What is the negative value? That it could convince a person that the Shroud itself spawned the Jesus movement? It’s an interesting theory but one that, if a person does any kind of further research and reflection, crumbles quickly. The value (to the authentist) in his book is his acknowledging that the Shroud does not fit, from an art history perspective, a medieval artisan’s handy-work.

          Again, if a reader comes away from that book thinking the author has explained away the origins of Christianity — that reader has only themselves to blame for their new found ignorance.

        • Louis
          October 24, 2014 at 10:03 am

          There is a problem when it comes to Jesus’s resurrection and there are various reasons why it is being challenged.

          For agnostics like de Wesselow, the Shroud is the Resurrection and, whatever the value of his book in demonstrating that the relic is not a painting, his interpretation of the New Testament is wrong:
          https://www.academia.edu/4691390/Book_review_The_Sign_by_Thomas_de_Wesselow

          Some others challenge the belief on other grounds, which also do not prove anything:
          https://www.academia.edu/7556467/Jesus_was_not_buried_in_Talpiot_-_Parts_I_and_II
          Part IV will be written shortly.

          Just an empty tomb with an empty shroud — with no image — would not give rise to Christianity. The Jesus Movement was a Resurrection Movement, not an Empty Tomb movement. That is clear in the NT, and doubting Thomas’ incredulity illustrates this.

        • Louis
          October 24, 2014 at 10:52 am

          Here is Part III:
          https://www.academia.edu/7471223/Jesus_was_not_buried_in_Talpiot_-_Part_III
          Part IV will be one nail in the coffin of the documentary/book, something that was hidden from the public in the midst of the hype.

        • October 24, 2014 at 11:03 am

          These are excellent resources, Louis. Thanks.

        • Louis
          October 24, 2014 at 11:26 am

          Thanks for the remarks, David G. I added G because there are other Davids around!
          Keep tuned while some fine tuning is done by me.

  8. Dan
    October 24, 2014 at 7:38 am

    It is spreading: Christianity Today, NBC, Daily Mail, Yahoo News,

  9. Louis
    October 24, 2014 at 8:08 am

    O.K. I hope John will post the comment deleted by the “Guardian” here. You must have observed that in the Western world God is going ‘out’, and scepticism is coming ‘in’, that is why the news outlets spread any new bit of news, but they are mostly neutral.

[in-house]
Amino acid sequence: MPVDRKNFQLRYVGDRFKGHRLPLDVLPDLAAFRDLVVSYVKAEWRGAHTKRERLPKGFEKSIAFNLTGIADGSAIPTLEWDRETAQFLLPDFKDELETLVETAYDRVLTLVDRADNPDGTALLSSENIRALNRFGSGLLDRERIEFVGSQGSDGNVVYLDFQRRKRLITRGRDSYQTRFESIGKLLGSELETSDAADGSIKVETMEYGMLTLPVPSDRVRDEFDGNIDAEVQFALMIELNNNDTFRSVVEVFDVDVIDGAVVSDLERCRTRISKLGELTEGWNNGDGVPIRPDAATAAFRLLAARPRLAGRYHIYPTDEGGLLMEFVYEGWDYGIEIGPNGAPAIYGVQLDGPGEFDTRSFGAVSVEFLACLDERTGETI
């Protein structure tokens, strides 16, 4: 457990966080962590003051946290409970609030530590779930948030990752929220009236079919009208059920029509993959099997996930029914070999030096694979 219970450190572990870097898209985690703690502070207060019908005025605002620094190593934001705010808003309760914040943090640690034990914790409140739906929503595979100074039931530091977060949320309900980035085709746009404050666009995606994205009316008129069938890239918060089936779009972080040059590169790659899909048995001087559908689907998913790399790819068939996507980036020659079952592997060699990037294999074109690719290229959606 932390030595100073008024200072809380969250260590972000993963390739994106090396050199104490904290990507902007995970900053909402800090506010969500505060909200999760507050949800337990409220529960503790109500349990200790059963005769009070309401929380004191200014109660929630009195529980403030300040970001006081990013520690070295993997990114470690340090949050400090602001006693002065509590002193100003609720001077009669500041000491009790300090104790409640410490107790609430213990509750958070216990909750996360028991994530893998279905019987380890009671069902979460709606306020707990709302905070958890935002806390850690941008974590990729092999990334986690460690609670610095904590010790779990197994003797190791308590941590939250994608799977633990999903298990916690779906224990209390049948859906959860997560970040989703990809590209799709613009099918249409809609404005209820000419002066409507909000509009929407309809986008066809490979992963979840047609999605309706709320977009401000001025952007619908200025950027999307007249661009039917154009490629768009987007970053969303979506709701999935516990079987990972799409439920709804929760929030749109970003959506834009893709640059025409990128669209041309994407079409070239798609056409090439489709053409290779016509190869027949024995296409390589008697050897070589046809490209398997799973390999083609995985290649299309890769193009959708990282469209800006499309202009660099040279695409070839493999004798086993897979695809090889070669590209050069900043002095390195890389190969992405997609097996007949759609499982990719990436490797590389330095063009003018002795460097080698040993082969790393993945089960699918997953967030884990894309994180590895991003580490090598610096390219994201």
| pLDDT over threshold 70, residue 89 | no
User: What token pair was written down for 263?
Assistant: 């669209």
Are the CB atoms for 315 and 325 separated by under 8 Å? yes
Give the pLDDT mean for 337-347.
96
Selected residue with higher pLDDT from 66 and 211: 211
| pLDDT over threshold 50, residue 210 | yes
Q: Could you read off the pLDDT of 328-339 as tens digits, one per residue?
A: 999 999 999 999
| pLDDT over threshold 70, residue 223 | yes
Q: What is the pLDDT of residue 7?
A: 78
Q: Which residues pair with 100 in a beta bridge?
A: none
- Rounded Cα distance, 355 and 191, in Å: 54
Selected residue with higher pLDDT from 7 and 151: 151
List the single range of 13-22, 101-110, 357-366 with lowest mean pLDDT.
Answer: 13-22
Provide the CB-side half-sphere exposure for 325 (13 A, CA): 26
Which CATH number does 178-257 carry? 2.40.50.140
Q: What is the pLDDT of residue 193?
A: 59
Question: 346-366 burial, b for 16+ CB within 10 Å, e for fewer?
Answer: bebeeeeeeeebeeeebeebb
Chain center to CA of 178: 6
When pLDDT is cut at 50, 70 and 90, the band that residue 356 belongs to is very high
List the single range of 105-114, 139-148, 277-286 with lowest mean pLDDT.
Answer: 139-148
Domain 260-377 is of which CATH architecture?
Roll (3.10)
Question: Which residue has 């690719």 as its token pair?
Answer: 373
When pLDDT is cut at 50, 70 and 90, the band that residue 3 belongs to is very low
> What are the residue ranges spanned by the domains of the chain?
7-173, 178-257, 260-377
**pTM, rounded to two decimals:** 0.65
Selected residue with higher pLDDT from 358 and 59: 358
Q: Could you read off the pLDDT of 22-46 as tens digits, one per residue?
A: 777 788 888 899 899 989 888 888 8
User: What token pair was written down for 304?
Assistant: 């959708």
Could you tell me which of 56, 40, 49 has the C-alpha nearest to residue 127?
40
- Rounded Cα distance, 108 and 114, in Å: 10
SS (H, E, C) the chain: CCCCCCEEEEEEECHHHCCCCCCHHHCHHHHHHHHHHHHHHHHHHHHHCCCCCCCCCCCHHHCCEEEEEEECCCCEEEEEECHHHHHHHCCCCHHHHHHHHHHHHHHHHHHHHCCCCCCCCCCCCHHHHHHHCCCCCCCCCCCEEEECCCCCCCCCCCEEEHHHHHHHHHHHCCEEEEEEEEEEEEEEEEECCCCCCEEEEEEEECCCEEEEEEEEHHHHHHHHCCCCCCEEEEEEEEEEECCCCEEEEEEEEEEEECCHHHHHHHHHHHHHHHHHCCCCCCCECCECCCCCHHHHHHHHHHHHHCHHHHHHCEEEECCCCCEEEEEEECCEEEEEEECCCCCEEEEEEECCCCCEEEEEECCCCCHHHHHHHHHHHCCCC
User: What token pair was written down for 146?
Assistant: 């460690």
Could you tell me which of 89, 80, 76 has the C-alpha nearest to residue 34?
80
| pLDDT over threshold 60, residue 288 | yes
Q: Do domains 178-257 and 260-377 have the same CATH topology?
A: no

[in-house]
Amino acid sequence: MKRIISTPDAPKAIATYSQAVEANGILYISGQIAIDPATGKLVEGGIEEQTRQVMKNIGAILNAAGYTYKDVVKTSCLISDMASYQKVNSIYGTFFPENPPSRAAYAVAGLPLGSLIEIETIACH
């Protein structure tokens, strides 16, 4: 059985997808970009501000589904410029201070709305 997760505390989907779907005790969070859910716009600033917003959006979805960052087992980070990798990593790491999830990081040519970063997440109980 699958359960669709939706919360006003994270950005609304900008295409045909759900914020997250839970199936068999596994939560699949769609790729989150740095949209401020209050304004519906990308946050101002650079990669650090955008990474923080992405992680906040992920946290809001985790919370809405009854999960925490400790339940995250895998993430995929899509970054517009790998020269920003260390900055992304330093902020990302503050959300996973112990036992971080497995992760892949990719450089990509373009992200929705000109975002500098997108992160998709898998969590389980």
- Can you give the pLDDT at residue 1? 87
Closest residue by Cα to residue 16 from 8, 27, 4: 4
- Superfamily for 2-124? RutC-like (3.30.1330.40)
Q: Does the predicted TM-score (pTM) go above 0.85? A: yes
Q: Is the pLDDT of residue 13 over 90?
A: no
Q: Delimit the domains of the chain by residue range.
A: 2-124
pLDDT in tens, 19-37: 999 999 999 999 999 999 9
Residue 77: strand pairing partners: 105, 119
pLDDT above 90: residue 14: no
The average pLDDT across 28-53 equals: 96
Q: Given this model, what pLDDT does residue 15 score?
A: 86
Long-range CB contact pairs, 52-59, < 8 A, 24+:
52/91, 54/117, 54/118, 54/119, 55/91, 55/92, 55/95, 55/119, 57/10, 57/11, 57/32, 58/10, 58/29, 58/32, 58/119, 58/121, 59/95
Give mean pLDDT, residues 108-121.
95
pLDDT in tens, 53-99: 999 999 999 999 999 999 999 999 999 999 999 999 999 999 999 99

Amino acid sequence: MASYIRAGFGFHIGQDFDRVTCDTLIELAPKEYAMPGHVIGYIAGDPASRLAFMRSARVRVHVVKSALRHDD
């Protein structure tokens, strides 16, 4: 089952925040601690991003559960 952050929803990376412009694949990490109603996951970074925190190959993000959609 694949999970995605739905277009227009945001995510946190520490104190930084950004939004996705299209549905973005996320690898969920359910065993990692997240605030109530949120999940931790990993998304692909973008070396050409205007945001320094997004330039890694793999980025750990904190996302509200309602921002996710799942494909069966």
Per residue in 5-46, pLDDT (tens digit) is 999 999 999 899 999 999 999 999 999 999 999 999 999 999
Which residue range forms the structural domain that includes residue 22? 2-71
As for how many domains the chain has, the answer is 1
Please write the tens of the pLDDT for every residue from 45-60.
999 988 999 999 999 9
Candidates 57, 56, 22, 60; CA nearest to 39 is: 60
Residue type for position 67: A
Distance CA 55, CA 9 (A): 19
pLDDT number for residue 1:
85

People are looking for palpable signs that God exists, or that what Christ said is true. C.G. Jung first believed in Christ, then hung a copy of the Shroud face in his study:
    https://www.academia.edu/6823292/What_did_Jung_see_in_the_Shroud

  10. Louis
    October 24, 2014 at 8:22 am

    A “loincloth painted on” the Shroud is ridiculous, it is an attempt to do away with a strong point in favour of authenticity.See the first comment on this thread.

  11. October 24, 2014 at 11:35 am

    What is the negative value?

    I could have said that ‘negative value’ is the cash I paid for de Wesselow’s book.

    The value (to the authentist) in his book is his acknowledging that the Shroud does not fit, from an art history perspective, a medieval artisan’s handy-work.

    But one doesn’t need de Wesselow to come to this conclusion. Actually his book added virtually nothing to my knowledge of the Shroud. I expected that he, as a Cambridge art historian would add some proffesional arguments from artistic representations of Christ in ancient Christian arts supporting the authenticity of the Shroud, however he has added nothing that has been previously unknown to me. Actually de Weselow pays little interest to proving that the Shroud once covered Jesus’ body, and his arguments to this point are nothing extraordinary -one doesn’t need PhD in art history (or anything) just some plain common sense. The actual history of the Shroud is largely irrelevant to him. I have got impression that he is interested only in attacking and disproving Christianity, and the Shroud itself is only a mean to achieve this goal. No matter his thesis is absurd (I suppose he is fully aware of that), the goal is just to make noise, and if a few naive people give credit to that, it would be his bonus.

  12. Don
    October 25, 2014 at 9:12 am

    Charles Freeman is just another Joe Nickell.

  1. November 4, 2014 at 9:51 am